• #7
              I also think that there is not any 'small' technique
              It's either big or medium

              if you watch any good competitor, there is always quite a big movement of the tip of the shinai. It's just very very fast and fluid.

              either way it's tough ...


              • #8
                Not sure I agree with you guys. Are you saying you never do sashi waza?


                • #9
                  I just try to do a litte bigger than what I think is called sashi waza.

                  Just so that the shinai actually swings you know. I used to do only sashi men before actualy seeing people with crazy kendo who actually do quite big techniques.

                  look at any good High school student in Japan and you will see they do pretty big men uchi.

                  but if someone does sashi men with a lot of momentum foward it can look strong enough to be a point. or if you start a swing where the kensen is already low you don't need to do a big swing for having a strong strike: See miyazaki!!


                  • #10
                    Originally posted by kendokamax
                    I just try to do a litte bigger than what I think is called sashi waza.
                    What he said. Several sensei (including my own) speak of sashi waza in derogatory terms. I define it as a wrist-based technique where the tip travel/speed/force is insufficient. Basically, one where all semblance of cutting motion is sacrificed to speed.


                    • #11
                      ...I thought cutting has more to do with te-no-uchi than big or small...?


                      • #12
                        You need some speed and force. This is one of those things where it would be best if I could demonstrate.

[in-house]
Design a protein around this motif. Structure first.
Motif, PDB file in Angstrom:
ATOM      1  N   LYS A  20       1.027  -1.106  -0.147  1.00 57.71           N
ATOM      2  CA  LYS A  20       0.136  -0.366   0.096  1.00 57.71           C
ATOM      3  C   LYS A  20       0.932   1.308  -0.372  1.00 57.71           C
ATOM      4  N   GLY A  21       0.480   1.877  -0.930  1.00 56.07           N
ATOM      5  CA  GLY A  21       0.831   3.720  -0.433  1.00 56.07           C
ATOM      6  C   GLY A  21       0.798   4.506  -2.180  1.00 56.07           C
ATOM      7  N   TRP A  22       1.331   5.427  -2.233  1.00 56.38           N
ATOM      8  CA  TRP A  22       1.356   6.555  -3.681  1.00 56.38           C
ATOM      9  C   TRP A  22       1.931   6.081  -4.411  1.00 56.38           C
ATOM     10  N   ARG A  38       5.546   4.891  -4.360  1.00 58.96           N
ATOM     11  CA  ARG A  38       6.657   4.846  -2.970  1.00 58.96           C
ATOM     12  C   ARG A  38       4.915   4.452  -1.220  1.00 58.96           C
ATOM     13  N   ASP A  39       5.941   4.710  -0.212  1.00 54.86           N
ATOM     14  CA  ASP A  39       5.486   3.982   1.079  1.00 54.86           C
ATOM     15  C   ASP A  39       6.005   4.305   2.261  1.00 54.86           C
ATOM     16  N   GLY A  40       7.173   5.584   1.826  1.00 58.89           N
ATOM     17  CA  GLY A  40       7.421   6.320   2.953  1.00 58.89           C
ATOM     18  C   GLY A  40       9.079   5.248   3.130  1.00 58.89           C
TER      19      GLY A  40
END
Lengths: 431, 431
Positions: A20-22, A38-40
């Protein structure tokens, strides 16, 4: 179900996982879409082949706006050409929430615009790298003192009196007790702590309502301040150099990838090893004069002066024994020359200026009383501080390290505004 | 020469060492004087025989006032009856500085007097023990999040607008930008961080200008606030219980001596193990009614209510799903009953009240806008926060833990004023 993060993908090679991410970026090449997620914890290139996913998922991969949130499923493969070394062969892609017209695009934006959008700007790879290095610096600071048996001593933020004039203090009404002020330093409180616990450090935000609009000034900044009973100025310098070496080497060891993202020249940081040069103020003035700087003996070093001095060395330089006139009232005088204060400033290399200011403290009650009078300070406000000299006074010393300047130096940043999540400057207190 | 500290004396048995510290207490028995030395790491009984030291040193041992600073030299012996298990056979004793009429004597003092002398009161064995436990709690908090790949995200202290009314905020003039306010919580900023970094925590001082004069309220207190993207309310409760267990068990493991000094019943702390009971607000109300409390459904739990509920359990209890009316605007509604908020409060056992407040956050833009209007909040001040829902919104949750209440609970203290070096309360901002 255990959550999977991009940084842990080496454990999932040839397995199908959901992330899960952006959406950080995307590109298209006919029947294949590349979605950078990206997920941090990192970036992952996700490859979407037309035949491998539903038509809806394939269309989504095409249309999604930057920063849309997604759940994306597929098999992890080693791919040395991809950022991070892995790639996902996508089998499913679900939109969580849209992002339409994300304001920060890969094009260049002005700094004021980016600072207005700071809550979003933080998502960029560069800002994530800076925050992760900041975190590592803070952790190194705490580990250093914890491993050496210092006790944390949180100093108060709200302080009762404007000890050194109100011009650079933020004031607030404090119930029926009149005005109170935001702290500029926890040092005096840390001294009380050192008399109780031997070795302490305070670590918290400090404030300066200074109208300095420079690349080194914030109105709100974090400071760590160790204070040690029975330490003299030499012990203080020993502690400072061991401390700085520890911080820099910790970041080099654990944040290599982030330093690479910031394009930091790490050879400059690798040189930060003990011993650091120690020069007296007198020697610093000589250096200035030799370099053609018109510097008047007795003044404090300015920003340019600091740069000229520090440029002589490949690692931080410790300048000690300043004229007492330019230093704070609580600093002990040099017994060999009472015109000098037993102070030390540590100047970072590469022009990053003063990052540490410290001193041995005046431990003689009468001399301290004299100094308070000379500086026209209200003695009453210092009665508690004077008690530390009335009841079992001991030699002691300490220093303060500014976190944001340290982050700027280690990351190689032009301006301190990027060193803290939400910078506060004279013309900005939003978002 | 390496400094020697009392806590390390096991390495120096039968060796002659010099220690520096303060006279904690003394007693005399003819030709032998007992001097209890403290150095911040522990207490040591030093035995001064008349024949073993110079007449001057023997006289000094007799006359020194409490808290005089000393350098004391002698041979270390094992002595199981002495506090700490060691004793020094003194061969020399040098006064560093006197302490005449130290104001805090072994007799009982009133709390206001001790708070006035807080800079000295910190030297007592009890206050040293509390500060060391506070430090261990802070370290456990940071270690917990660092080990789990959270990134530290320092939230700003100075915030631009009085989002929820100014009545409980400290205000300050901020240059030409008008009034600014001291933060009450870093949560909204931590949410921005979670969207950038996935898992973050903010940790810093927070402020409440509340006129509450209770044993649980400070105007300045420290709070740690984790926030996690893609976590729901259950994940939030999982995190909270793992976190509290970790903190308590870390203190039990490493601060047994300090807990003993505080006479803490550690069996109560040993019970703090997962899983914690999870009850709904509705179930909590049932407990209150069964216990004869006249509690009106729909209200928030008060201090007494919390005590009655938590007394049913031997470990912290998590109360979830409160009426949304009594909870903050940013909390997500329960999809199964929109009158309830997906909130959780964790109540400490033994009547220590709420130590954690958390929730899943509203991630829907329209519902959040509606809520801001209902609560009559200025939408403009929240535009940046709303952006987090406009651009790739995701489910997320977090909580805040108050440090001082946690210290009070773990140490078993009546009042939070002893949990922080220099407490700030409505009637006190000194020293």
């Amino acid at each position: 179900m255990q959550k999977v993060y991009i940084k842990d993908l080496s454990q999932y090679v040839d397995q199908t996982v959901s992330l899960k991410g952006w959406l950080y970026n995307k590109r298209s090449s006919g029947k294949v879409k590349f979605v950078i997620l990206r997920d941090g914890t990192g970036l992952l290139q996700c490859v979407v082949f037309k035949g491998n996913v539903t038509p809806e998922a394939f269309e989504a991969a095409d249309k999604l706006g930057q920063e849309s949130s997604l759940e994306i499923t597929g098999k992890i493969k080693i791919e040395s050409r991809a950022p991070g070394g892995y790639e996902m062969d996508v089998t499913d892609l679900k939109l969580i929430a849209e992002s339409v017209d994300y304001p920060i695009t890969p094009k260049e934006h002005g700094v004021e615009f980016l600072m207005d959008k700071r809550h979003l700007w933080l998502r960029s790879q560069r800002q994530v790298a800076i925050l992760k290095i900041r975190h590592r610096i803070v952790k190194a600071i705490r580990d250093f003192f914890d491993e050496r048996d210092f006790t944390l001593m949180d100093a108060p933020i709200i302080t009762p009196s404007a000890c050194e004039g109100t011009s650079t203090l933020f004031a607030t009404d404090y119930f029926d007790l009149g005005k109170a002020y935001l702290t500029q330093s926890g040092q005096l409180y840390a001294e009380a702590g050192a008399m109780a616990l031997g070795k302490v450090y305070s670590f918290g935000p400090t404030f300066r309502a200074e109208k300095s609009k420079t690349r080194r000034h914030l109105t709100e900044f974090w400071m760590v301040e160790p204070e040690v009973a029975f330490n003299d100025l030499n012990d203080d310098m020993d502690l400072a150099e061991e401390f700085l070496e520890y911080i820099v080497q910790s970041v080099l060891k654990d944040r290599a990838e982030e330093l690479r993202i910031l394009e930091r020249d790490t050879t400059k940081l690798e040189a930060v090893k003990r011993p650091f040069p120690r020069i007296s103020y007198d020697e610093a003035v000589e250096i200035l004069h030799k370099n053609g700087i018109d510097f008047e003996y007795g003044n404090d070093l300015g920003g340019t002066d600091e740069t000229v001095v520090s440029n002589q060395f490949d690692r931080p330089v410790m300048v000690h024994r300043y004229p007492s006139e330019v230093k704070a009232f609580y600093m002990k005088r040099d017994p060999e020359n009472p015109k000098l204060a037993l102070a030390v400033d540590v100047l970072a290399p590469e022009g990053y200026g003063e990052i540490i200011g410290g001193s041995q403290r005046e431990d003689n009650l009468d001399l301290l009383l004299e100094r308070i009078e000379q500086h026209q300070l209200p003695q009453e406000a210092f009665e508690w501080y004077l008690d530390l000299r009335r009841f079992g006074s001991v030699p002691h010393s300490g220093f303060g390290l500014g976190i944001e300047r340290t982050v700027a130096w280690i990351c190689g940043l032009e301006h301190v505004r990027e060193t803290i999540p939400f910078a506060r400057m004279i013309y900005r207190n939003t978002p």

• #13
                          You're the uber nerd, Neil, make with the digital camera!


                          • #14
                            haha virtual kendo lesson?

                            go neil we are waiting!


                            • #15
                              I can't really answer that question, but I have a few thoughts I like to put out there for criticism...

                              I think there is value in keeping the swing big for lower ranked people so they don't start thinking a successful attack is all about speed.

                              I used to think the reason I could not make ippon in a match with a big cut was just because my swing was too slow. Gradually I figured out that it was mostly because I was not observing my opponent and choosing a good time to attack. My Kendo improved when I resolved to keep making big cuts, and pay more attention to finding a good opportunity. It seems like when I'm really successful at breaking my opponent's kamae I have all the time in the world to strike.

                              I guess I subscribe to the idea that "the long way around is the shortest way home."